Not quite rocking chair weather (Photo from High on LeConte blog site)

Earlier this year I told wifey that sometime in December or January, when snowfall was expected, I wanted to drive up and experience the beauty of the area in white.

Little did I know that the area was going to have an even earlier snowfall than usual. We left Monday morning and traveled to Marietta, Ga., to visit family. Weather reports indicated that north Georgia was possibly going to get a dusting of snow.

Skies turn clear following snowfall (Photo from High on LeConte blog site)

But what happened where we were camping, was unbelievable. A foot or more of snow fell in the area. We didn’t realize that would happen when up there, and because of other obligations, we had to head on home.

Portions of the park were closed, Interstate 40 through the mountain pass was closed, as was other avenues of travel.

Gatlinburg had snow. Cherokee had snow. And we didn’t.  

Snow piles up at LeConte Lodge (Photo from High on LeConte blog site)

But we did learn of a website that would give us daily updates of what is going on at the higher elevations.

On the top of Mt. LeConte is a lodge of sorts. We hiked up to it years ago, but never got around to spending the night.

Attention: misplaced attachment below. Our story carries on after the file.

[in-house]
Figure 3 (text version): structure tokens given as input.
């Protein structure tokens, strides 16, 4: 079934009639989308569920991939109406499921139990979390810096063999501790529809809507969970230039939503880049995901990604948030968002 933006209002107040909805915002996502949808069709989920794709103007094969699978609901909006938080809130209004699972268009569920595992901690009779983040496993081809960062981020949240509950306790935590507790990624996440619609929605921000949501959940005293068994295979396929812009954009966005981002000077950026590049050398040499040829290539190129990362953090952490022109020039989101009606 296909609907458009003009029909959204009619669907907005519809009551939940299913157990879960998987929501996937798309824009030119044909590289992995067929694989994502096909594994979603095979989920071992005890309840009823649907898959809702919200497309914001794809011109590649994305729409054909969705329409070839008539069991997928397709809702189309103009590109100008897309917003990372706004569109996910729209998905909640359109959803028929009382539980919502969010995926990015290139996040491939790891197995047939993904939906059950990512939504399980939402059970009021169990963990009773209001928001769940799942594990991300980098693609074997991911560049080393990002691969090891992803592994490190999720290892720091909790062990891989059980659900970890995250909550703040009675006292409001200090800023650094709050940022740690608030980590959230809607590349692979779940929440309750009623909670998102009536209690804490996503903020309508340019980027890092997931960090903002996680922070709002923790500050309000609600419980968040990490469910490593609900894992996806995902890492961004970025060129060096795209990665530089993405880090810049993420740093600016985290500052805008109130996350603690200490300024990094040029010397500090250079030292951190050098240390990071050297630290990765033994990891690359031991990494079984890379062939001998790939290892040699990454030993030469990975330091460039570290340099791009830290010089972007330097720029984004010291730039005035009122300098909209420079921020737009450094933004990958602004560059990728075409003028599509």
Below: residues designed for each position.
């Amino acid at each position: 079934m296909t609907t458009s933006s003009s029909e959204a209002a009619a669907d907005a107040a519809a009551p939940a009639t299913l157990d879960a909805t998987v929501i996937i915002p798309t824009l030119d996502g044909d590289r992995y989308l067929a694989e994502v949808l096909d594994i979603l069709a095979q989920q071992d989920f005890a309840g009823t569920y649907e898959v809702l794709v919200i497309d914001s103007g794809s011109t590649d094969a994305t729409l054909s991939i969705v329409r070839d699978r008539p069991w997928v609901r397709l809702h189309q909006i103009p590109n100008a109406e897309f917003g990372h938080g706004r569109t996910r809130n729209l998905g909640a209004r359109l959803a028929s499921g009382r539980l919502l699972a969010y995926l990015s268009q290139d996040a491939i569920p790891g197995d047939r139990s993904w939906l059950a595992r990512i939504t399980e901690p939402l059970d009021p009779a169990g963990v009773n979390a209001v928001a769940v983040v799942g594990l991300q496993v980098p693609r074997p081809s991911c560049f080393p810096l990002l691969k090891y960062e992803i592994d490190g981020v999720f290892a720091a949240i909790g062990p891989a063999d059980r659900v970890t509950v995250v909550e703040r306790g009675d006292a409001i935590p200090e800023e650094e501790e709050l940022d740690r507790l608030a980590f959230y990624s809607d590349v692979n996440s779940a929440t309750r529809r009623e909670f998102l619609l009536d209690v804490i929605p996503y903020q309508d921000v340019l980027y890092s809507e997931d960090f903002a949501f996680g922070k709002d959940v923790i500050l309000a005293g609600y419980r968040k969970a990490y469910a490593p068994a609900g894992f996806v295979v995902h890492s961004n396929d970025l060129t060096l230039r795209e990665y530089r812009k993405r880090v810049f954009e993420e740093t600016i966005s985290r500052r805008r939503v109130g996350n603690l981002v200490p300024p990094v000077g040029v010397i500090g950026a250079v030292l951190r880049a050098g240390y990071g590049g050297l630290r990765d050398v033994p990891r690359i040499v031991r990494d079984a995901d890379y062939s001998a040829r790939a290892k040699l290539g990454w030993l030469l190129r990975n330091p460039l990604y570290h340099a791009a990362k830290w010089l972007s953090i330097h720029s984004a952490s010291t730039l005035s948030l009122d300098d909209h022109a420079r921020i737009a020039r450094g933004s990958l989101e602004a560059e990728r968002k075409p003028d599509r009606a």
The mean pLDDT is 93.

Well, we found out that there are those who spend all winter there, taking care of the place and hosting travelers. And they have a daily blog called  “High on LeConte”  (www.highonleconte.com/daily-posts)

Since I found out about their blog, I decided to steal a few pictures so others will know about their site and enjoy the beauty of the elevated areas during the year.

They offer an online store that allows ordering of different kinds of merchandise.

We have never met bloggers Chris and Allyson Virden, but hope to some day, although we would probably have to run across them at a lower elevation. Age sort of keeps us off the mountain tops.

We can only wish them the best of luck as they take care of one of the great places in the park.

Next post: November 11, 2014